Monday, March 25, 2013

Value Averaging Nonsense

Andrew Hallam is promoting value averaging again. This is an investing strategy that involves choosing a pre-determined rate of growth for your portfolio and then either making up the difference when markets disappoint or taking money out of the market when returns exceed your expectations. It doesn’t work.

Several months ago I explained in detail why value averaging doesn’t work. A quick summary: you have to have a pile of cash on the sidelines available to pour into the market if needed. Either that or you have to borrow deeply if the cash isn’t available.

Value averaging proponents calculate their strategy’s returns using the “internal rate of return” (IRR). The IRR can be a good way to measure returns, but in this case it means that we ignore the opportunity cost of idle cash and ignore the interest costs on borrowed money.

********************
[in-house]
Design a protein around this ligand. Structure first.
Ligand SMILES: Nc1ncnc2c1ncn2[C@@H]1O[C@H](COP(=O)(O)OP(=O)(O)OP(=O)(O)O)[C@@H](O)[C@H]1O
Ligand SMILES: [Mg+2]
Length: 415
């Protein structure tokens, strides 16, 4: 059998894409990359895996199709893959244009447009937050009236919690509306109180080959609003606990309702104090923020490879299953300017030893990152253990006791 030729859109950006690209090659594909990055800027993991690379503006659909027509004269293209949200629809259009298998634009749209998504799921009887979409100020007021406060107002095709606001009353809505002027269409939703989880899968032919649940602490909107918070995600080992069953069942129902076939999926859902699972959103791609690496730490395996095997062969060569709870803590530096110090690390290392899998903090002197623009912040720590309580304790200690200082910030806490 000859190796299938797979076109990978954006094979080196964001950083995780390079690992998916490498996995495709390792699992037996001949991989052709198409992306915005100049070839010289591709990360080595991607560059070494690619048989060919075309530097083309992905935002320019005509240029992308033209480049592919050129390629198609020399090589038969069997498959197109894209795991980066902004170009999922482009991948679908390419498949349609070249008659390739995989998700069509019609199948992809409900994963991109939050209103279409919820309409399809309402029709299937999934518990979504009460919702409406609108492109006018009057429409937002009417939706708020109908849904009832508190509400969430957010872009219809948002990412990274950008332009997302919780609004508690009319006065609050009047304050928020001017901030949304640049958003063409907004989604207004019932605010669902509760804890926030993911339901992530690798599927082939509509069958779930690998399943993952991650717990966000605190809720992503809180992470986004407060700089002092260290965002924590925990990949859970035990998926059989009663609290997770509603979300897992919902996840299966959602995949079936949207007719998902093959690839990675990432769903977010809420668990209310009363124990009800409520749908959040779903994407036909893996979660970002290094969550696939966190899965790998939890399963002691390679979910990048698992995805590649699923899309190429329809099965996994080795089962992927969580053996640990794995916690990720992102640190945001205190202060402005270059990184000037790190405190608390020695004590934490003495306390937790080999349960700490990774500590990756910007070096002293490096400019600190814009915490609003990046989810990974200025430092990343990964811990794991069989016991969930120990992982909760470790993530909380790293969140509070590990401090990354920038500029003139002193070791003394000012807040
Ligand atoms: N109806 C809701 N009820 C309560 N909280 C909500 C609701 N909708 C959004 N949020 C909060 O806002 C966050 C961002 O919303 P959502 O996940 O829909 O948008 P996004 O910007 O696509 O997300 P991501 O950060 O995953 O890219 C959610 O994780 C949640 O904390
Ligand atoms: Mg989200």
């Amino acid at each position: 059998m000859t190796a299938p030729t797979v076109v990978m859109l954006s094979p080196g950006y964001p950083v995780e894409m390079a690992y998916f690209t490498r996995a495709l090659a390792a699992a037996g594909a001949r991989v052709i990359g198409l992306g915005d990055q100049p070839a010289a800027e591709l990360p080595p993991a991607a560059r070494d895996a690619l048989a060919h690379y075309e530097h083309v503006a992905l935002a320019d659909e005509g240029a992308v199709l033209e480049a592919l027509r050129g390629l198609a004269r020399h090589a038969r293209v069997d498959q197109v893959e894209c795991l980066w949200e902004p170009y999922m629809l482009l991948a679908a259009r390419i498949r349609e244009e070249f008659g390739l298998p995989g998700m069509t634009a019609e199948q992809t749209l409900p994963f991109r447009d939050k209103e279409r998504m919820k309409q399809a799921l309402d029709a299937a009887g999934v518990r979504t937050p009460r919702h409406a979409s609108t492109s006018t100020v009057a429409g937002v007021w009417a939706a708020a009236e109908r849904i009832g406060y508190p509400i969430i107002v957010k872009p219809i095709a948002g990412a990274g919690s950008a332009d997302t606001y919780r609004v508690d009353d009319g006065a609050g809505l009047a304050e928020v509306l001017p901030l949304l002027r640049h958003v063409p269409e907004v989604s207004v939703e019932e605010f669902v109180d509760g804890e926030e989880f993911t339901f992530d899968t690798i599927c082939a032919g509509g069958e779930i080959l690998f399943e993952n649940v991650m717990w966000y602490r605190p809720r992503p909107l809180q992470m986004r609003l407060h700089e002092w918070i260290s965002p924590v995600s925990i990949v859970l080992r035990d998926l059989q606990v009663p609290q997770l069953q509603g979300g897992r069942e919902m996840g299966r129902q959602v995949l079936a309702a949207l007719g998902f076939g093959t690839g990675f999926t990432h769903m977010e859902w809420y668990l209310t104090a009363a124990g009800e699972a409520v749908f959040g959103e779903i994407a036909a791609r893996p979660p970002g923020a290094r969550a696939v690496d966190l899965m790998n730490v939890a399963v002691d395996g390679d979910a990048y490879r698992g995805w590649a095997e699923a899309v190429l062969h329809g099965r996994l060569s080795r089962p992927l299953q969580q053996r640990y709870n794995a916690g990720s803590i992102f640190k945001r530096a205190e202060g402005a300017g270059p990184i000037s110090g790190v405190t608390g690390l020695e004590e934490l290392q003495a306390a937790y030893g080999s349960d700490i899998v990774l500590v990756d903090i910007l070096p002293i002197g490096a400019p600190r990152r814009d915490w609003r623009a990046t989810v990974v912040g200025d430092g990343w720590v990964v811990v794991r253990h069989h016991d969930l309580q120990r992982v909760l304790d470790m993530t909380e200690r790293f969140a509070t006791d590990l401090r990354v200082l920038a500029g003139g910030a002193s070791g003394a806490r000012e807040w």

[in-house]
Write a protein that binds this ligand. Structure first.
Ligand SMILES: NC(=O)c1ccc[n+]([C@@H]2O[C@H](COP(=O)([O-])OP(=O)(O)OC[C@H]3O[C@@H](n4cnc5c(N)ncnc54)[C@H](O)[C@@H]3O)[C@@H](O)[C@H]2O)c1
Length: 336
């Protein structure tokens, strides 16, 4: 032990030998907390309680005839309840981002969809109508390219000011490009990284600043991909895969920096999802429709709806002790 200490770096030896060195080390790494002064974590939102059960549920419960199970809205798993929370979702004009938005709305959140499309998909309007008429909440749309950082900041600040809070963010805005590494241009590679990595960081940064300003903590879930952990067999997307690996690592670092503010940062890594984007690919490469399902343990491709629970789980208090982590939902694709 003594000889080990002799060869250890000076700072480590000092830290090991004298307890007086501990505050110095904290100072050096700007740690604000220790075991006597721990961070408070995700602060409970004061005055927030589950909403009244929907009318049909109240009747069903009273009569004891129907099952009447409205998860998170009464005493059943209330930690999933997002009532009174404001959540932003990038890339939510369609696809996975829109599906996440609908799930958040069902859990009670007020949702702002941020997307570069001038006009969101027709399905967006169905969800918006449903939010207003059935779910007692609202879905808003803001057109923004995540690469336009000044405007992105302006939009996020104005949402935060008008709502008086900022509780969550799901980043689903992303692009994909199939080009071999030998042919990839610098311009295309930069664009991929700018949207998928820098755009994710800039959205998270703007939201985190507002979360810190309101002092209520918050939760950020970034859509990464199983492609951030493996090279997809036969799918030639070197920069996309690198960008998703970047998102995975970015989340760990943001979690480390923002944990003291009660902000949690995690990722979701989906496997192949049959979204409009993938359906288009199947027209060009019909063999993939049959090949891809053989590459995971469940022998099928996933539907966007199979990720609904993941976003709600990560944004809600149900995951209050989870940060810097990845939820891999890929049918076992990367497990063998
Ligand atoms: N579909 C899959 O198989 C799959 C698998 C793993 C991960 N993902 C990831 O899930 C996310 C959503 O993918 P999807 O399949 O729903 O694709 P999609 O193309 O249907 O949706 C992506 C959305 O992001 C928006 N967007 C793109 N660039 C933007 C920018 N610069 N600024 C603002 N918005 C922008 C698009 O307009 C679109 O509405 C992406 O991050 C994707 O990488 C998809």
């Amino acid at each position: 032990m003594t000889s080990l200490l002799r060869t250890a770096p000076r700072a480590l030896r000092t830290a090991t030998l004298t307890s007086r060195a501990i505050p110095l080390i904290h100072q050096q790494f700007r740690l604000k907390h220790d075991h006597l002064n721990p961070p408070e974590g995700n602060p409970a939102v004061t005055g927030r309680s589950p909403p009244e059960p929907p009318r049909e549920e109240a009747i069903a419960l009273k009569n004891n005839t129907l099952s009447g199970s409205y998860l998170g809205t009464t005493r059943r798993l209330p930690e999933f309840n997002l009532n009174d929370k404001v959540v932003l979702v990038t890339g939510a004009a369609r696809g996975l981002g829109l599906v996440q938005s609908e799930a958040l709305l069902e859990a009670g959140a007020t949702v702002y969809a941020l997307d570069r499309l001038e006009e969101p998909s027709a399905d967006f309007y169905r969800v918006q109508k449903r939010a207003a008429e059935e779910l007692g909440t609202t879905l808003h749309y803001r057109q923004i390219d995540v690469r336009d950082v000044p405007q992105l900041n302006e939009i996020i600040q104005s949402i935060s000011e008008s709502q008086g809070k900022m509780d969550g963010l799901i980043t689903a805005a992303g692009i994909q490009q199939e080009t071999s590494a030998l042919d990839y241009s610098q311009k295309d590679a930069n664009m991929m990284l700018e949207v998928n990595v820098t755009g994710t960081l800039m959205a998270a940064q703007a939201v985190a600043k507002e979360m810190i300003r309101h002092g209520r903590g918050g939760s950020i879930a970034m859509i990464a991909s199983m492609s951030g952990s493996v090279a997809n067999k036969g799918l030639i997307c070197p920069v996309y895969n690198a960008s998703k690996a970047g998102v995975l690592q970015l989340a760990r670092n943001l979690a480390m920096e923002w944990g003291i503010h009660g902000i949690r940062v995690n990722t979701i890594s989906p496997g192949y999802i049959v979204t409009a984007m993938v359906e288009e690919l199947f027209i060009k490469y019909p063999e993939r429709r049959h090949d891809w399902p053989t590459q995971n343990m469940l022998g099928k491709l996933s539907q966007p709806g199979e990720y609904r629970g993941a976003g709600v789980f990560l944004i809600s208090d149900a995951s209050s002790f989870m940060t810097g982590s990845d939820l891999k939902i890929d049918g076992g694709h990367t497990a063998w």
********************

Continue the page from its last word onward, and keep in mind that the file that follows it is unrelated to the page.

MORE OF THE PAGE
Hallam gives some results over a period cherry-picked to make value averaging look good: the 5 years from February 2008 to January 2013. Note that 2008 was the year the market crash began. Let’s say that you had $500,000 invested in U.S. stock index ETF VTI on 2008 Feb. 1 and began value averaging with a 9% per year return target and making adjustments each month.

By the beginning of March 2009, you would have borrowed a total of just over 363,000! It’s ridiculous to think that investors would have had this much cash on the sidelines or would have had the nerve to borrow this much to buy stocks while they were crashing. It’s equally ridiculous not to count the opportunity cost of cash on the sidelines or borrowing costs.

Here is Hallam’s attempt to acknowledge these concerns:
“Critics have wondered where the cash for aggressive purchases is supposed to come from when markets keep falling. Such a drop could force a depletion of the money market cash reserves if investors are continuing to transfer assets from cash to stocks. In this case, Bruce Ramsey suggests if there’s not enough capital in the money market account, then you either do nothing or invest whatever cash is available.”